Expatriate assignments are not what they used to be. Surprised? Globalization has changed the dynamics of such an adventure for the expatriate employee as well as for the accompanying family. While these dynamics may have changed and will continue to change and the budgets to support the employee and family may have decreased, the fact still remains that these families require assistance to successfully transition, professionally and personally, into the host culture.
That being said, the question remains: Has the support provided to the expatriate and family changed and developed in line and with the same speed with the changing dynamics of today's expatriate assignment? The answer is somewhat gray but becoming clearer.
The German Retirement and Pension System - Basic Facts
Ever since Germany established its first Social Security system in 1889, the public retirement insurance has been "pay-as-you-go", with the current pensions of the retired paid from the current premiums of the not yet retired. Currently about 85% of the work force is enrolled in the Public Retirement Insurance (gesetzliche Rentenversicherung GRV). Civil Servants, who make up about 9% of the work force, have their own pension system and the self-employed, who make up about 9% of the work force, are mostly self-insured (but are allowed to participate in the GRV.) The system is now under strain because of an aging population, reunification, unemployment, economic conditions, early retirement and other factors.
Maternity Leave and Job Protection (Mutterschutz)
Adjusting to motherhood is made a little easier if you happen to be an employed woman working for a German company. You will actually be provided mandatory time-off from work, before and after childbirth. This is revelatory news for many English speaking expats. Basically the Mutterschutzgesetz, Maternity Protection Act of 1968 was instituted to ensure that expecting mothers are not discriminated against when applying for jobs and to provide them with added protection from being dismissed from work as a result of their pregnancy or arrival of their newborn child. This law actually goes well beyond that fundamental claim and provides much more.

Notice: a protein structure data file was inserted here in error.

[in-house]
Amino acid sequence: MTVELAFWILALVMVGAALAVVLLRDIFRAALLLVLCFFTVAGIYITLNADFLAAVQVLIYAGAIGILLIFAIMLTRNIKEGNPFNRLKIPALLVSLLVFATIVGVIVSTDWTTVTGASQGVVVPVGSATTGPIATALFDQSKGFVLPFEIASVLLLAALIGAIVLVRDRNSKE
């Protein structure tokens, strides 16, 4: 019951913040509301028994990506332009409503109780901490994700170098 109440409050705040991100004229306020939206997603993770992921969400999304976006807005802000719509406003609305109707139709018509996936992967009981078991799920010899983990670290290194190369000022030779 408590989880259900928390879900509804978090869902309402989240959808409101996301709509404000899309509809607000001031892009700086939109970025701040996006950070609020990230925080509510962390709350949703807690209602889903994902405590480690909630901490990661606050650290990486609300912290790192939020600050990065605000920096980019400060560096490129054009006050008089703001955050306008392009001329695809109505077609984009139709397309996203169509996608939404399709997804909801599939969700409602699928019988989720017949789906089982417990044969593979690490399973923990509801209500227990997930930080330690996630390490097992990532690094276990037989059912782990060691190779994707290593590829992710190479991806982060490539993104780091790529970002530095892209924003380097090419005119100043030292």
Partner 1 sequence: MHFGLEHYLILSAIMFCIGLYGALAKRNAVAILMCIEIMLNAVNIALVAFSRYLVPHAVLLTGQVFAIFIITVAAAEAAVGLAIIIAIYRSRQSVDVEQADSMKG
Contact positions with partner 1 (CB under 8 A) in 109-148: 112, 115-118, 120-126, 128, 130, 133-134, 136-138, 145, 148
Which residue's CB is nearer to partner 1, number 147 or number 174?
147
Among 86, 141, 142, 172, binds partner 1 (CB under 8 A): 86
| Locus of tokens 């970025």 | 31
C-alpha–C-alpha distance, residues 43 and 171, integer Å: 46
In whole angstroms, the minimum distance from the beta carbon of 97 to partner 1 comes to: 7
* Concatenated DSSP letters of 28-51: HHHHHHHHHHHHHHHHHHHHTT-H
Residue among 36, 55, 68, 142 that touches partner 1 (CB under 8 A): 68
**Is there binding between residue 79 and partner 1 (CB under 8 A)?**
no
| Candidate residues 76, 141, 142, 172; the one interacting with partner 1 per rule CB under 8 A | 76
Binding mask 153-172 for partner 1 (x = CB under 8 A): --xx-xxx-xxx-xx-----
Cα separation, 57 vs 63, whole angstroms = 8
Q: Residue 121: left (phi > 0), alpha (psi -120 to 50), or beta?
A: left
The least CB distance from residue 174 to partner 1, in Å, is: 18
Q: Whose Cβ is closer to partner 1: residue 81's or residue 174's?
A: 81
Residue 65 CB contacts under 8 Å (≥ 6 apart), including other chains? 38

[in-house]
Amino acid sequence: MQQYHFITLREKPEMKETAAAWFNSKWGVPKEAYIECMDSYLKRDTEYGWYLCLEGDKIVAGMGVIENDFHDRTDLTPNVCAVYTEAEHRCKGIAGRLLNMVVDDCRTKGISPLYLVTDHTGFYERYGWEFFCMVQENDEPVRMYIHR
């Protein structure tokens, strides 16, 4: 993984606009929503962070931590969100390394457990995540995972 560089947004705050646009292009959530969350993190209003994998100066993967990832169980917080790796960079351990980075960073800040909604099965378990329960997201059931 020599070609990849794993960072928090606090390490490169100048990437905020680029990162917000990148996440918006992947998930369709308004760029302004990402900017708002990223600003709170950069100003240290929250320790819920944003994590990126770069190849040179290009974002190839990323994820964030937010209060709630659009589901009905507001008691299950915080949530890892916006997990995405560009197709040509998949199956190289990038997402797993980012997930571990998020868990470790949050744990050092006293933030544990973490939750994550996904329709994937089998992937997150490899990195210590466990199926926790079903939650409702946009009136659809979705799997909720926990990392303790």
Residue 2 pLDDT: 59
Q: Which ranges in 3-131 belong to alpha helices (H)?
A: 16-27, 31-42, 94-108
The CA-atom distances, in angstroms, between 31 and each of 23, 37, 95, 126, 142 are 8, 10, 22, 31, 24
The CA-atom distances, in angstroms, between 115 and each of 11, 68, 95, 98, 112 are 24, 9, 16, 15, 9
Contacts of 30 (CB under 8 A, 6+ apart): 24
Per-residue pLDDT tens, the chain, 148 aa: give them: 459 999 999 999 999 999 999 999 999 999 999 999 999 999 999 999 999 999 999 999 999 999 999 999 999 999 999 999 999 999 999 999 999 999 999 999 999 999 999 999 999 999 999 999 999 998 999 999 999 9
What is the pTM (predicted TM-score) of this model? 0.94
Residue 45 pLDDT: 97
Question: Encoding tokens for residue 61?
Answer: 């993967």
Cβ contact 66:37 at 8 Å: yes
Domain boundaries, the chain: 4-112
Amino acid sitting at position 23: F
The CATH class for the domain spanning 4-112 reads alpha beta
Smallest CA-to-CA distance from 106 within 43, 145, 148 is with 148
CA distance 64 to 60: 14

In order for the Maternity Protection's measures to be activated, the expectant mother, who is employed, must inform their employer of their pregnancy and the expected date of delivery. If a verbal notification isn't good enough, then a doctor's Certificate of Expected Date of Delivery is to be provided to the employer. Keep your receipt, because employers must reimburse their employees for this certificate when they request it.
Moving to Germany: four tips for a smooth transition into your new life abroad
Apart from a rich culture and free tertiary education, Germany has the strongest economy in Europe, making it an attractive destination for expats to live and work.
But making the decision to move to a new country is not an easy one. There are so many things to think about – from packing up your entire life and shipping it halfway around the world, to learning a new language and culture..
Don't worry, we're here to help! Keep reading for some useful advice to make your transition into life in Germany much easier.